Tumoral calcinosis, hyperphosphatemic, familial, 1
MedGen UID:
1642611
Concept ID:
C4692564
Disease or Syndrome
Hyperphosphatemic familial tumoral calcinosis (HFTC) is characterized by: Ectopic calcifications (tumoral calcinosis) typically found in periarticular soft tissues exposed to repetitive trauma or prolonged pressure (e.g., hips, elbows, and shoulders); and Painful swellings (referred to as hyperostosis) in the areas overlying the diaphyses of the tibiae (and less often the ulna, metacarpal bones, and radius). The dental phenotype unique to HFTC includes enamel hypoplasia, short and bulbous roots, obliteration of pulp chambers and canals, and pulp stones. Less common are large and small vessel calcifications that are often asymptomatic incidental findings on radiologic studies but can also cause peripheral vascular insufficiency (e.g., pain, cold extremities, and decreased peripheral pulses). Less frequently reported findings include testicular microlithiasis and angioid streaks of the retina.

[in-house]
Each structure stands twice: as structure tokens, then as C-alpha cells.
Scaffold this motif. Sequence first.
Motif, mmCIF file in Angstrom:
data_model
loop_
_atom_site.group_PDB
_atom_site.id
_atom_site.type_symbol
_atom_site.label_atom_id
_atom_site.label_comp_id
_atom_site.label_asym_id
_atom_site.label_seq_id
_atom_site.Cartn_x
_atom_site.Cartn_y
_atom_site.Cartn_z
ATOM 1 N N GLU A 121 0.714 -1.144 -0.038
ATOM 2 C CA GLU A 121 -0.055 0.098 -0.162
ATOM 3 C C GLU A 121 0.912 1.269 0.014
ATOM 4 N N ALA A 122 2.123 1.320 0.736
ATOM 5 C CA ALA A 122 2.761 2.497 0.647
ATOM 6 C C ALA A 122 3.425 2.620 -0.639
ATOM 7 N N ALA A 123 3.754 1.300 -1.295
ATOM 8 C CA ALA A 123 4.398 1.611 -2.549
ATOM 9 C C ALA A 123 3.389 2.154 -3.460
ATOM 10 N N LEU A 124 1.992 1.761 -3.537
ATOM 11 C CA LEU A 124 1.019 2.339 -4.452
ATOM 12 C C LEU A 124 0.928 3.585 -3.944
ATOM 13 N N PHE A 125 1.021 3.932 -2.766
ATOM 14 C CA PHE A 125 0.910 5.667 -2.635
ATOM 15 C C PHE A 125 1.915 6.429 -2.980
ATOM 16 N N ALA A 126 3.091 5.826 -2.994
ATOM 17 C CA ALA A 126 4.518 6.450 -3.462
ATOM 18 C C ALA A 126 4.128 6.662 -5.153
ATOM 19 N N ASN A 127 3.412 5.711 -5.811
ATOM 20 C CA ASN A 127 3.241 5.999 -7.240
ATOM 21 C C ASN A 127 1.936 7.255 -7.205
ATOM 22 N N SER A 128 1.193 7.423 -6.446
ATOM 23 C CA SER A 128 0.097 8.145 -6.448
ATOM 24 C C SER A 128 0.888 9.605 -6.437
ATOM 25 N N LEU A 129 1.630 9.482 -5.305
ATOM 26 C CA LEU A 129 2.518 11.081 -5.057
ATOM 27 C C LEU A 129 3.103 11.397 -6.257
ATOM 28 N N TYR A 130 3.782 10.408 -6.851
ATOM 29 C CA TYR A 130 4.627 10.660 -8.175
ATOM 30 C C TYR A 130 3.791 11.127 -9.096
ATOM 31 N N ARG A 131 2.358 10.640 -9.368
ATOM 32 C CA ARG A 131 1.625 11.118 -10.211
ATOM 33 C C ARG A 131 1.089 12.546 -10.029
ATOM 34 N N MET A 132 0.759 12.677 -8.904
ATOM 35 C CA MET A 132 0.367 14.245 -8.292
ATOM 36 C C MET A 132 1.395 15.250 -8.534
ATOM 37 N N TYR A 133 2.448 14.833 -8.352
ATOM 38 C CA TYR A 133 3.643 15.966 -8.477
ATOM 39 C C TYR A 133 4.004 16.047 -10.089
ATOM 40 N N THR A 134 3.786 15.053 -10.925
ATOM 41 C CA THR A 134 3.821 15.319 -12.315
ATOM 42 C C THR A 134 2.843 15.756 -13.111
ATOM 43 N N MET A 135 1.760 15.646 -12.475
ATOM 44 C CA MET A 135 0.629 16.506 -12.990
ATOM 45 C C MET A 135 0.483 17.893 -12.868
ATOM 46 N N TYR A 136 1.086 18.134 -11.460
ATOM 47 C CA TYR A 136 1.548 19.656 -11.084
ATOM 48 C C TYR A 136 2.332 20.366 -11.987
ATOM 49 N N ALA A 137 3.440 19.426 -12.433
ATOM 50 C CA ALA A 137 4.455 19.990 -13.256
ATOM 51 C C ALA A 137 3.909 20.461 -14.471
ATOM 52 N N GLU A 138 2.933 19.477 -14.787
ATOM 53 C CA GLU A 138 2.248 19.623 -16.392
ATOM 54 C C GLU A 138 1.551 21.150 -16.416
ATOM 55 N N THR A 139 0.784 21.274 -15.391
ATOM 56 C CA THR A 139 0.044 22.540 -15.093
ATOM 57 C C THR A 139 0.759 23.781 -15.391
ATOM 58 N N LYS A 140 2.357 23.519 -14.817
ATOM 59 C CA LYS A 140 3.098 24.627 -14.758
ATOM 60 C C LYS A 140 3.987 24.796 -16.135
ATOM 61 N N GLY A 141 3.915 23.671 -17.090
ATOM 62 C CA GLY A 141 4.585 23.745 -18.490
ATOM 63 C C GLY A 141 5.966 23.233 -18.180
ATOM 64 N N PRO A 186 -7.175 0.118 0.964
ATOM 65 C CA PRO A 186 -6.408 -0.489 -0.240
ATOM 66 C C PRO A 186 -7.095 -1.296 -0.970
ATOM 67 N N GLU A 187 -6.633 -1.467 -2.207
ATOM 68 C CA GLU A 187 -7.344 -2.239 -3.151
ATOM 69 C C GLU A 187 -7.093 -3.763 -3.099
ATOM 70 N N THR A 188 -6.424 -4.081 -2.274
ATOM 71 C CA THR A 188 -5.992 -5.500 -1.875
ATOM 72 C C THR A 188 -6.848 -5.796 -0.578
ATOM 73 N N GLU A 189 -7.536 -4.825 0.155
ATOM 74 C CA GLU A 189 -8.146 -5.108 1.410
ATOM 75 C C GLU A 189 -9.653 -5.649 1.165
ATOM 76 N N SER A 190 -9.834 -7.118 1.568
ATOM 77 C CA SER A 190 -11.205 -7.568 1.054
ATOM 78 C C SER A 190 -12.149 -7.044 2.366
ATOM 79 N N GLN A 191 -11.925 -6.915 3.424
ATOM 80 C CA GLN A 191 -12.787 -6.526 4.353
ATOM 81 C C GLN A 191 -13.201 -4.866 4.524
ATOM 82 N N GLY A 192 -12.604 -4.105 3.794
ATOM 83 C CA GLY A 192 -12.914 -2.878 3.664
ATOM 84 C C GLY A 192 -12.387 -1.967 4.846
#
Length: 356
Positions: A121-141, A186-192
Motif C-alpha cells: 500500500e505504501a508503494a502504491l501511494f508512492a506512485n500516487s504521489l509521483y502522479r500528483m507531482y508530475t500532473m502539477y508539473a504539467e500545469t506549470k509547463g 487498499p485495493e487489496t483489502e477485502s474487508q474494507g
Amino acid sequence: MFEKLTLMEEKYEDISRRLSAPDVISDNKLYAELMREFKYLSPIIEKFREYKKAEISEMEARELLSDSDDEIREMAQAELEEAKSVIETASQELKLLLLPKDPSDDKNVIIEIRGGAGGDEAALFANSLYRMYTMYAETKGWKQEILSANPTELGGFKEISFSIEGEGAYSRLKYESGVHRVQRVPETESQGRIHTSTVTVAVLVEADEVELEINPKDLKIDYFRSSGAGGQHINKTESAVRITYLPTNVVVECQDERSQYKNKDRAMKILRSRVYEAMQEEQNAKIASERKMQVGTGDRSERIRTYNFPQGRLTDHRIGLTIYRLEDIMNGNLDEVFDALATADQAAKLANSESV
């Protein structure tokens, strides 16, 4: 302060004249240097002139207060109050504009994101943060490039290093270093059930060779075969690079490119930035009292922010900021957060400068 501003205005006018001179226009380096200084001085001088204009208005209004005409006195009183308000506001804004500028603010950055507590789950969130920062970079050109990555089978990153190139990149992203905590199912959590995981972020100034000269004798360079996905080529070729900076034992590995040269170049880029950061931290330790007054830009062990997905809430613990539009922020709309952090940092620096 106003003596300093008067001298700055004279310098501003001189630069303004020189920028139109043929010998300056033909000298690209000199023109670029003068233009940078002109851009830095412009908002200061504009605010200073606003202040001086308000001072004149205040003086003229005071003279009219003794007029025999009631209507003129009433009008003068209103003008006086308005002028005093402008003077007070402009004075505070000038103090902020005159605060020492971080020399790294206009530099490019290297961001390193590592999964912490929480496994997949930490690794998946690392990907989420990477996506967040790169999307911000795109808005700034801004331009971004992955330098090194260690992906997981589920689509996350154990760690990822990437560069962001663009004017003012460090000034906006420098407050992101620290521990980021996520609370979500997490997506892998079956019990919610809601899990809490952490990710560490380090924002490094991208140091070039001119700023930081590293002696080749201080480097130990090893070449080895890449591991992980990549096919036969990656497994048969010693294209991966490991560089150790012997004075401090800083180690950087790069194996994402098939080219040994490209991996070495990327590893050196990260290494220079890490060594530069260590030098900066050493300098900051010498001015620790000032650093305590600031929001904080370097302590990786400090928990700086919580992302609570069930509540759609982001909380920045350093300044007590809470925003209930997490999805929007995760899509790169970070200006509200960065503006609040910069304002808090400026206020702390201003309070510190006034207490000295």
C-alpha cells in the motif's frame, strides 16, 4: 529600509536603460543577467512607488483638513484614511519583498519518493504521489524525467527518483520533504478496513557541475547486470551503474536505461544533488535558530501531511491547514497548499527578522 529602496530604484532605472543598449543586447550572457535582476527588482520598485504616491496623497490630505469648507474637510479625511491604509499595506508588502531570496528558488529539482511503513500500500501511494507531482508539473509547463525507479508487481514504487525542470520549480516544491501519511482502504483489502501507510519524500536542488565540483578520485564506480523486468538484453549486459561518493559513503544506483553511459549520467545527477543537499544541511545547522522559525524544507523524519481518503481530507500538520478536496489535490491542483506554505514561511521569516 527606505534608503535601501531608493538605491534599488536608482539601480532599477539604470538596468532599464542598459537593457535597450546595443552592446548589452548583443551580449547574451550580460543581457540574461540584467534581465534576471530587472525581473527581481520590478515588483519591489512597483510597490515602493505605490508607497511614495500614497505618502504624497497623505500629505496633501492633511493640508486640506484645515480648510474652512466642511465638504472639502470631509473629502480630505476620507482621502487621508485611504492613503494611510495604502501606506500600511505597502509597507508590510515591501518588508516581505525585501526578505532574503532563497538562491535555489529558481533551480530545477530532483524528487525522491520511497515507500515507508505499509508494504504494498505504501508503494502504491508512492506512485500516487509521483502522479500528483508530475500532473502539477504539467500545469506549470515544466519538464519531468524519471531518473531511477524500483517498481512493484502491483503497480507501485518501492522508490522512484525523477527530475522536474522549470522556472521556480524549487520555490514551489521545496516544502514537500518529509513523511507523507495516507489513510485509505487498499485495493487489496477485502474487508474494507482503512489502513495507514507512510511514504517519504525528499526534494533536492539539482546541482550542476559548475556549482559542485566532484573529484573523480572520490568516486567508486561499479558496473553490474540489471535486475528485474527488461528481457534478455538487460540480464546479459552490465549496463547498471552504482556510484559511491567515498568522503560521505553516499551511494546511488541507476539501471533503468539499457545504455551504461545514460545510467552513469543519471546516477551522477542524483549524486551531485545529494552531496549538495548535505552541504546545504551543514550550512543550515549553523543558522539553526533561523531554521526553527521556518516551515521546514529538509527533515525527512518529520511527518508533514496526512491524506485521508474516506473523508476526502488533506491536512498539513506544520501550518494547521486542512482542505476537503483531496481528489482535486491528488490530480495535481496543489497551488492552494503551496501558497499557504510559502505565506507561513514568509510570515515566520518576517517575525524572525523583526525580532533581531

Professional guidelines

PubMed

Iwanaga A, Utani A, Koike Y, Okubo Y, Kuwatsuka Y, Endo Y, Tanizaki H, Wataya-Kaneda M, Hatamochi A, Minaga K, Ogi T, Yamamoto Y, Ikeda S, Tsuiki E, Tamura H, Maemura K, Kitaoka T, Murota H
J Dermatol 2022 Mar;49(3):e91-e98. Epub 2022 Jan 12 doi: 10.1111/1346-8138.16301. PMID: 35019155
Bartstra JW, Risseeuw S, de Jong PA, van Os B, Kalsbeek L, Mol C, Baas AF, Verschuere S, Vanakker O, Florijn RJ, Hendrikse J, Mali W, Imhof S, Ossewaarde-van Norel J, van Leeuwen R, Spiering W
Atherosclerosis 2021 May;324:18-26. Epub 2021 Mar 13 doi: 10.1016/j.atherosclerosis.2021.03.012. PMID: 33812167
Chatziralli I, Saitakis G, Dimitriou E, Chatzirallis A, Stoungioti S, Theodossiadis G, Theodossiadis P